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Faulty Flap: 2. The bird

Step 2 of 6: Adding the bird and the first events

This tutorial was written by:
Olivier Behr

In the Frame Editor > Layers Toolbar create a new Layer and select it. [[pic_test]] From the Library Window drag bird.Active in the Frame at coordinates (148,326).

 

  •   bird.Active: bird

This is an Active object, the Bouncing Ball Movement is assigned to it with an initial Direction of 24 (down) and an initialSpeed of 0.

The new Layer 2 that we created will contain the objects with which we will perform collisions tests.
Objects located on different layers cannot collide with each other.

The coordinates of an Active object are displayed in the Object Properties > Size / Position tab.

Your Frame should look like this:

 

Run the application and notice how the bird is flapping his wings, but without actually moving.

Let's make the bird jump first. In the Event List Editor insert a group of events called Game.Play and add the following events into it:

Game.Play
Bird jumps
  • User clicks with left button

  : Play sample jump

  (bird.Active) : Set direction to 8

  (bird.Active) : Set speed to 75

  (bird.Active) : Set deceleration to 65

  • User double-clicks with left button

  : Play sample jump

  (bird.Active) : Set direction to 8

  (bird.Active) : Set speed to 75

  (bird.Active) : Set deceleration to 65

What happens with these events? When the player clicks or double-clicks with the left mouse button we make the bird move upwards by setting its Direction, Speed and Deceleration.

To insert a group of events right-click on a numbered cell in the list of events and select Insert > A group of events.

By default the Event List Editor displays only the icon of the objects. To display their name too, in the main menu select Tools > Preferences > Event List Editor tab and check Object's name.

And now let's make the bird fall. Insert another group of events called bird.Active. Move this group after theGame.Play group. Then add the following events into it:

bird.Active
Bird falls
  • Speed of (bird.Active) = 0

+ (bird.Active) is facing a direction 8

 

(bird.Active) : Set direction to 24

(bird.Active) : Set deceleration to 0

 

  • (bird.Active) is facing a direction 24

+ Every 00"-05

(bird.Active) : Set speed to Speed( " (bird.Active)" ) + 10

What happens with these events? When the upwards Movement of the bird is finished (i.e. when its Speed reaches 0) we simply make him move downwards by setting its Direction to 24.
And while the bird is moving downwards (i.e. while he is facing Direction 24) we increment its Speed by 10 every 5 hundredths of a second. We actually reproduce an acceleration here.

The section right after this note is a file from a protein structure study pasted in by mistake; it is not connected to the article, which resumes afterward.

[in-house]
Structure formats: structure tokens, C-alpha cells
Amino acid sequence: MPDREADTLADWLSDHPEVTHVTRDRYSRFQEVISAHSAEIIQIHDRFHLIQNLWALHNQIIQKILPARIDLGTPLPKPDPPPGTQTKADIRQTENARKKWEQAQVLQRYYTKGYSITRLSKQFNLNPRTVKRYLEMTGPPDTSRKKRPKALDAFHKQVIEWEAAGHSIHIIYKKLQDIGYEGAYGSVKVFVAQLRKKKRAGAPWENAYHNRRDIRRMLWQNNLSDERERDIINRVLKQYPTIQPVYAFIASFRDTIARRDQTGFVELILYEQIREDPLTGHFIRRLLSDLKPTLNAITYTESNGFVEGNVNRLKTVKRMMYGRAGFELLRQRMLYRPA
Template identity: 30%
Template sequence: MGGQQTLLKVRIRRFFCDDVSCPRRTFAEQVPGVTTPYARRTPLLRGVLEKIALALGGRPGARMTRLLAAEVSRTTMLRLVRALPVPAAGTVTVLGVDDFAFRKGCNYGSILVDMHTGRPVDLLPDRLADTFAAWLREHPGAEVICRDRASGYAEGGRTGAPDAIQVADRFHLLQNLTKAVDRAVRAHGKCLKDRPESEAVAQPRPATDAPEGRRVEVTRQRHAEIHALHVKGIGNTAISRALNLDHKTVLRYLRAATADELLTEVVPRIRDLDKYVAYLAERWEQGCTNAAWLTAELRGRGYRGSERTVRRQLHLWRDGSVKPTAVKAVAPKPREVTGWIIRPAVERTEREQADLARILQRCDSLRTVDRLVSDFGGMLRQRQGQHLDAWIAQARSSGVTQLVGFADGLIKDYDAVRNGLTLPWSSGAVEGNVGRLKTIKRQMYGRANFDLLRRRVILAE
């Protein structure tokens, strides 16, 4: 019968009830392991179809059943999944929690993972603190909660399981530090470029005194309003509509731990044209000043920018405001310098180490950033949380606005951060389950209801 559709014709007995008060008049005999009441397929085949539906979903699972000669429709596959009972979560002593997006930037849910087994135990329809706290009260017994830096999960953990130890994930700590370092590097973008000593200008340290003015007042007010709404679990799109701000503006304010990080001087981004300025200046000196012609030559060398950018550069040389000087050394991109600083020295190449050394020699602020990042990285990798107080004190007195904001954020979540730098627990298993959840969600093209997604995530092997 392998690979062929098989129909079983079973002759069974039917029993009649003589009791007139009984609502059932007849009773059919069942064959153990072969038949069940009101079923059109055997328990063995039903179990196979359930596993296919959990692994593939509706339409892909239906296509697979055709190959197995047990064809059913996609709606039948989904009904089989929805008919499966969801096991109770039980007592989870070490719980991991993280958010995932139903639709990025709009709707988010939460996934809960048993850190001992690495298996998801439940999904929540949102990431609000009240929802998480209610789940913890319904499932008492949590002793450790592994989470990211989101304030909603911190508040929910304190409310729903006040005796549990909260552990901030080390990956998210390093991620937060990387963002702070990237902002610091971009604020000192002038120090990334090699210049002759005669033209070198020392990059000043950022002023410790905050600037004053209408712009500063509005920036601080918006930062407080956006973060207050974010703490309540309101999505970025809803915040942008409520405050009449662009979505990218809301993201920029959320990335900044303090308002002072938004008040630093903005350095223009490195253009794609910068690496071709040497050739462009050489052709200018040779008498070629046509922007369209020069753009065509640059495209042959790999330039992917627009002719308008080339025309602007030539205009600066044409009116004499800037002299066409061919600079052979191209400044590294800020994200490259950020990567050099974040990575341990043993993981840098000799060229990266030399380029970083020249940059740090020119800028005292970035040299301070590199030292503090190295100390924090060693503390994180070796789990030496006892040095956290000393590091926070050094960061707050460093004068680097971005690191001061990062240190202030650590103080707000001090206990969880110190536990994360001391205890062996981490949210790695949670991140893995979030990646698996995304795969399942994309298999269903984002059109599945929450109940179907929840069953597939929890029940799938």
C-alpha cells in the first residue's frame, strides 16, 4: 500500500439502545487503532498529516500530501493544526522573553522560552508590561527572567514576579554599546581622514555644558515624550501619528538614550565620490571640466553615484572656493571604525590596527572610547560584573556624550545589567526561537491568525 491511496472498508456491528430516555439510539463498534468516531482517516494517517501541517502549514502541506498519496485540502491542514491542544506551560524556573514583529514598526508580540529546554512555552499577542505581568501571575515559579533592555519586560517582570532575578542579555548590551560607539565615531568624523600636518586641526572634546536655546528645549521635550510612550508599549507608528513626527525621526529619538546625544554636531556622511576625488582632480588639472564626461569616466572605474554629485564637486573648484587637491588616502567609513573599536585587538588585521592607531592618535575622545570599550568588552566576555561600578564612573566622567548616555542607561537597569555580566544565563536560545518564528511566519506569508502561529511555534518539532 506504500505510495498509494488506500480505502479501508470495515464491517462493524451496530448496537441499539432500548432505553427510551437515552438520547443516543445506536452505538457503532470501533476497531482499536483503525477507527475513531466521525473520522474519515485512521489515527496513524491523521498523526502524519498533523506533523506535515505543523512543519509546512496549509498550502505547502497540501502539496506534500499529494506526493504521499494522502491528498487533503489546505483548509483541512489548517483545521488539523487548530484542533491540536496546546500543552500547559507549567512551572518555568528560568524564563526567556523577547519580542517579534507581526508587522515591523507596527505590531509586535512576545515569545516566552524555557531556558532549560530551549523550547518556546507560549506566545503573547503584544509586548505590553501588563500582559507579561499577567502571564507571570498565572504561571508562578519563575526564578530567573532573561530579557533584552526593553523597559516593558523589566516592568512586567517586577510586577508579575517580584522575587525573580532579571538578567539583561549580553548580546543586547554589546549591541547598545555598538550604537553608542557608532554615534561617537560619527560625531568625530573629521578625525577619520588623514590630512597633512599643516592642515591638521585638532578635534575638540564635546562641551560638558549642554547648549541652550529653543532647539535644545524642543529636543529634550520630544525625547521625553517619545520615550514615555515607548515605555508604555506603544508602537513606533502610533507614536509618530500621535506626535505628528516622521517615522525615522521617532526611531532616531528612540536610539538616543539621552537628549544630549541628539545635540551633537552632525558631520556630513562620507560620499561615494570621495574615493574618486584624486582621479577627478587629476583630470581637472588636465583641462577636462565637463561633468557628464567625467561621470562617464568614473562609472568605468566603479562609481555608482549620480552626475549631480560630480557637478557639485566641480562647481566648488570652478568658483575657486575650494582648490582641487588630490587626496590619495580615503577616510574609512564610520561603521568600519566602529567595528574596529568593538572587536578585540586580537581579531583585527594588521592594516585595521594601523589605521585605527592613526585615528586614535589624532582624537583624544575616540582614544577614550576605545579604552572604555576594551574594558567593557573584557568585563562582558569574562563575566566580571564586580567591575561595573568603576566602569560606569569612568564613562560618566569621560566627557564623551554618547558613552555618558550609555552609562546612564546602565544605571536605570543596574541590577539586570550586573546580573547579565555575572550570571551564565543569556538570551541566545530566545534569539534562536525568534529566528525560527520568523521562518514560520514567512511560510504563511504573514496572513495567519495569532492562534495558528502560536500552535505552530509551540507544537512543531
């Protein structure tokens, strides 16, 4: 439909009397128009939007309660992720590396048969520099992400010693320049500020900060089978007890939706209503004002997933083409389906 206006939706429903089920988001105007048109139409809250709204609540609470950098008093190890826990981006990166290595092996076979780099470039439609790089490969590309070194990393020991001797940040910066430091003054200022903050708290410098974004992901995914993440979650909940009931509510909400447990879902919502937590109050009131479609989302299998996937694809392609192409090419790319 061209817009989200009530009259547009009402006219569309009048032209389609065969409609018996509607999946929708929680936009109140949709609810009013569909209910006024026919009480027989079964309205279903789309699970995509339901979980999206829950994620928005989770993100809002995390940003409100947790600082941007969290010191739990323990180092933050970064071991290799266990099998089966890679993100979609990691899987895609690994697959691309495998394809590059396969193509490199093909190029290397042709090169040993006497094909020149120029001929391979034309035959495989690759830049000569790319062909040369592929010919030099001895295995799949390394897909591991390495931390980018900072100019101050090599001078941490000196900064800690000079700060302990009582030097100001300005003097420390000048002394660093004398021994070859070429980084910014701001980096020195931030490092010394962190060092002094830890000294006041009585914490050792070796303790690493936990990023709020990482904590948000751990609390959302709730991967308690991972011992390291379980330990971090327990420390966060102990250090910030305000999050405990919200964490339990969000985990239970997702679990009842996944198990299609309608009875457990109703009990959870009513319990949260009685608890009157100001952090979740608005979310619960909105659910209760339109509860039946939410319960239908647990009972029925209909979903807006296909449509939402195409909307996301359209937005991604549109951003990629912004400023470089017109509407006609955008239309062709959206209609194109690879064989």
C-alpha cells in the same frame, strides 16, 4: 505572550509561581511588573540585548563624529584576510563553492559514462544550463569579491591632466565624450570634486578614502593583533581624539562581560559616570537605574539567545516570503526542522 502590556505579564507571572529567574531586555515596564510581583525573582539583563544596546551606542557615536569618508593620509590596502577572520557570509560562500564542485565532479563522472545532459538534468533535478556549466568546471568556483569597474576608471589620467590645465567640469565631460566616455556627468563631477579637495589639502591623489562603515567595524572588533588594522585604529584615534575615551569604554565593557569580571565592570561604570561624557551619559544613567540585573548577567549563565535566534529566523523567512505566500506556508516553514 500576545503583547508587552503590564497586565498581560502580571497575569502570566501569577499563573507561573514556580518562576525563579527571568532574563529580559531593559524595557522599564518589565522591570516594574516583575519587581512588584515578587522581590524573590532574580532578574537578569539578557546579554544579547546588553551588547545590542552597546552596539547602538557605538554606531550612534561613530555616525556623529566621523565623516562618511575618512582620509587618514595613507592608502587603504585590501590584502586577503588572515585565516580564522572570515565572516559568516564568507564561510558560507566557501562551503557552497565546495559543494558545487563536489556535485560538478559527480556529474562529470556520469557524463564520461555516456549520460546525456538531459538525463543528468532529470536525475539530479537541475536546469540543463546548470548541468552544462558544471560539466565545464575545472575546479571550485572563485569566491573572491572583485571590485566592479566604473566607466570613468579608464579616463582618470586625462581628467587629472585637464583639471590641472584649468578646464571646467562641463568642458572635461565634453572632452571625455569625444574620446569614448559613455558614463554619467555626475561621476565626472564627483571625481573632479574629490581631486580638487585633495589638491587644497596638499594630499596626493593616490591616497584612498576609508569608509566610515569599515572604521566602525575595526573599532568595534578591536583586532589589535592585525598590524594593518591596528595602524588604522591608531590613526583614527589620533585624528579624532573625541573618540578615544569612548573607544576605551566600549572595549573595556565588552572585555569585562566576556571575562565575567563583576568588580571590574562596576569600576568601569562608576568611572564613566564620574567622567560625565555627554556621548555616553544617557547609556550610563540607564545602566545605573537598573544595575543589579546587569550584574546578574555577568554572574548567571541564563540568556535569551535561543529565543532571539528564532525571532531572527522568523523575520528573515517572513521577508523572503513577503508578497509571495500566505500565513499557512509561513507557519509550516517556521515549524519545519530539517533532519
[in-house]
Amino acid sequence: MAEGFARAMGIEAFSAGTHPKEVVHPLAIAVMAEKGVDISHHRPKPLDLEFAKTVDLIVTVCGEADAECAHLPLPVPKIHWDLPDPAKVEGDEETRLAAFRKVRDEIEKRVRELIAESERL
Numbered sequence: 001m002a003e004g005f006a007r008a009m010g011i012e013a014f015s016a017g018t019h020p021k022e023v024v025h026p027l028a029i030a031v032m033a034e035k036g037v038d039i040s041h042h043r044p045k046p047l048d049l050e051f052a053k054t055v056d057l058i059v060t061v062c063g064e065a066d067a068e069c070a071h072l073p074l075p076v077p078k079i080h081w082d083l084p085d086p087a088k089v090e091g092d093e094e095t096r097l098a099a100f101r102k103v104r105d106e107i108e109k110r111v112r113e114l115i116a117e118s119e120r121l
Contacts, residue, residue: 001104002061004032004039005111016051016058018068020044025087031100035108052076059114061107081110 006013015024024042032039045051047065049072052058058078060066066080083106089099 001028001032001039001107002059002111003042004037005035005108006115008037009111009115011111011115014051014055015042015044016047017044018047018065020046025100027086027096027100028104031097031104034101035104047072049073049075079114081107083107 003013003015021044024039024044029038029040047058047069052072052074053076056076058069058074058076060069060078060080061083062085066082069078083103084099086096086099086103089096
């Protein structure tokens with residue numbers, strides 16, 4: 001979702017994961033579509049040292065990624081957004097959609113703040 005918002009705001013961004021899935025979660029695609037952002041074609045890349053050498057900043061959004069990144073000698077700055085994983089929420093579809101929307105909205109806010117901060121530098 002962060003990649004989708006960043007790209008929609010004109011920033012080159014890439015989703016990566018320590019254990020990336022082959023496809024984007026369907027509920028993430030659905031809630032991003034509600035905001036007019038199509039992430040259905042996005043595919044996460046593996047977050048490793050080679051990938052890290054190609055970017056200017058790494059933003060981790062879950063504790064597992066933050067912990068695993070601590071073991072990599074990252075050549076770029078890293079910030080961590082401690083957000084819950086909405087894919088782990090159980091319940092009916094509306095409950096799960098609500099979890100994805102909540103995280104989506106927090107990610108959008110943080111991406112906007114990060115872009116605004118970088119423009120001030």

Run the application and notice how the bird jumps and falls dynamically.

We use two groups of events both related to the bird. This is because later we will deactivate the bird jump (the player input) and the bird fall separately. Please read on to find out why.

As soon as the application starts, the bird begins to fall. We must grant the player a moment to get ready, in other words we need a game intro.

 

  In the Event List Editor uncheck Active when frame starts for both existing groups of events. This ensures that the bird won't move right from the beginning.
Then insert a new group of events called Game.Intro and leave Active when frame starts checked. Move that group to the top of the list of events.

Now add the following event in the Game.Intro group:

Game.Intro
Goto Game.Play
  • User clicks with left button

  : Activate group "Game.Play"

  : Deactivate group "Game.Intro"

Then add the following event in the Game.Play group:

Game.Play
Init
  • Only one action when event loops

  : Activate group "bird.Active"

What happens with these events? When the player clicks with the left mouse button the Game.Play group which is dealing with the bird jump is activated. And once that the Game.Play group is activated, the bird.Active group which is dealing with the bird fall is activated in turn.

Actually both groups of events could be activated with the same event. But doing it that way is a good programing habit for two reasons. Firstly because we follow a logical "game flow" where Game.Intro deactivates itself at the same time as it activates Game.Play.

Secondly because this will be useful later if you want to implement a pause system, where Game.Play activates bird.Active and Game.Pause deactivates it.

 

Run the application and notice that the bird won't move until you have left-clicked.




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